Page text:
The Solar Decathlon is a competition between universities from all over the world. It design and build a self-sufficient house, powered only with solar energy, with the implementation of technologies that will give the house an efficient use of its resources. The Netherlands is a highly dense populatedcountry. Water in the form of the sea, but also lakes and rivers are part of our everyday life. The most dense populated areas are situated near the water. If the dikes would break, around 70% of the land would be flooded. To cope in the future with the predicted amount of water, resulting from climate changes, water would be captured in various surface water features for temporary storage such as lakes and riverbeds. This generates a new method for urban planning. Our team would like to consider a solution at the building scale by developing a sustainable and floating home. This ideas result in the concept of the Revolt House: a rotating and floating solar home.
The Revolt House consists of three different zones; primarily spaces for sleeping, dining and living. The three zones are grouped into a circular layout in an open floor plan configuration in response to the rotation of the house. During the course of the day the Revolt House rotates to frame the view of different landscape features. The quality of the living space is improved by interlinking the inhabitants with improved by interlinking the inhabitants with the daily and seasonal natural cycles. The Revolt house offers a unique floating home solution, joining aspects of energy production, sustainability adaptability and life style.
During the summer months, the closed façade is facing the sun to prevent the interior from heating up. Simultaneously the inhabitants can influence the rotation in order to enjoy the experience of direct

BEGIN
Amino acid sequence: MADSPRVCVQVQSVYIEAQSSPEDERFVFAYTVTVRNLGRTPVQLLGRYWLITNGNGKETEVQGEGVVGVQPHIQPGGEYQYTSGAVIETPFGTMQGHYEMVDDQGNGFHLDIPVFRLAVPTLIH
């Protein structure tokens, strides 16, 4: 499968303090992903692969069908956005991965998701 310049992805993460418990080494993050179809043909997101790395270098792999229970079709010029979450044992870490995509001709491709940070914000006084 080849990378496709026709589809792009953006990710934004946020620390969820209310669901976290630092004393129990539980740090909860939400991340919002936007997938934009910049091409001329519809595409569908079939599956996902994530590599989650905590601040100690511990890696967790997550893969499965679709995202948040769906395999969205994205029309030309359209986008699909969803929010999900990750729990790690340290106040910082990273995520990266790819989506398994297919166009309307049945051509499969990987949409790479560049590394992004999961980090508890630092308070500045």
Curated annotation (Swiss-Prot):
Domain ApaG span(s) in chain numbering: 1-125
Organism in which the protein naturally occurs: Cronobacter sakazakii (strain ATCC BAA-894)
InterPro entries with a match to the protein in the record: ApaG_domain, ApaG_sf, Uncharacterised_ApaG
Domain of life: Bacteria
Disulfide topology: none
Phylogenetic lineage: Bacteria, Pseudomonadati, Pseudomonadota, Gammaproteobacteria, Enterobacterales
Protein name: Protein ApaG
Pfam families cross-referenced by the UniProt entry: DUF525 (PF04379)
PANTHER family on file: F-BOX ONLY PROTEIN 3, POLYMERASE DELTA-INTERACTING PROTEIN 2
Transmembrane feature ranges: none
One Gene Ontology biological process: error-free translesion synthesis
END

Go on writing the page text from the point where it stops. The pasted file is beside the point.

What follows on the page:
sunlight, such as waking up in the morning with the sun on their face. The façade varies on porosity, based on the program of the local interior spaces. During the winter months the large graced façade is constantly oriented towards the sun. This ensures a sufficient amount of daylight in the interior as well as passive heath gains. Solar roof collectors will generate electricity and hot water. Rainwater
is collected in a storage tank in the bottom of the house for later use. The façade facing the sun heats up, which causes a stack effect, while the air deduct through the building. Water is sprayed into the duct system. The evaporation causes cooling of the interior.
PR & Communication: Tim Hilhorst
Fundraising: Tanja Dubbelaar Alexios Pagkozidis Shaheryar Yousafzai Alexios Pagkozidis
Building team: Filippo Doria, Jorg Meij, Erik Duijn, Loes Thijssen, Miguel Setas
Energy team: Bernardo Valladares Linares, Srikanth Santhanam, Joseph Vitolla, David Rodriguez, Ivan Pina Rodriguez, Caesar Christian, Brhamesh Alipuria, Jorge Izar Tenorio
Facade team: Luuk Jansen, Jeroen Egberts, Breta Bishop, Leonie Welling
Climate team: Itai Cohen, Evelien de Visser, Marcello Soeleman, Panos Sakkas, Bhuvaneshwari Viswanathan, Sergio Antonio Torres
Project director: Professor Patrick Teuffel
Project manager: Florian Heinzelmann
Technical Innovation: Professor Ulrich Knack, Professor Andy van den Dobbelsteen, Associate Professor Arjan van Timmeren
Design & education: Professor Thijs Asselbergs, Assistant Professor Nimish Biloria, Associate Professor Planning & evaluation: Rudi Stouffs
Finance & control: Associate Professor Kees van der Linden
Policy & strategy: Kenneth Heijns
PR: Agnes Wijers, Ineke Boneschansker
Collaborating institutions: Antenna-men, Kingspan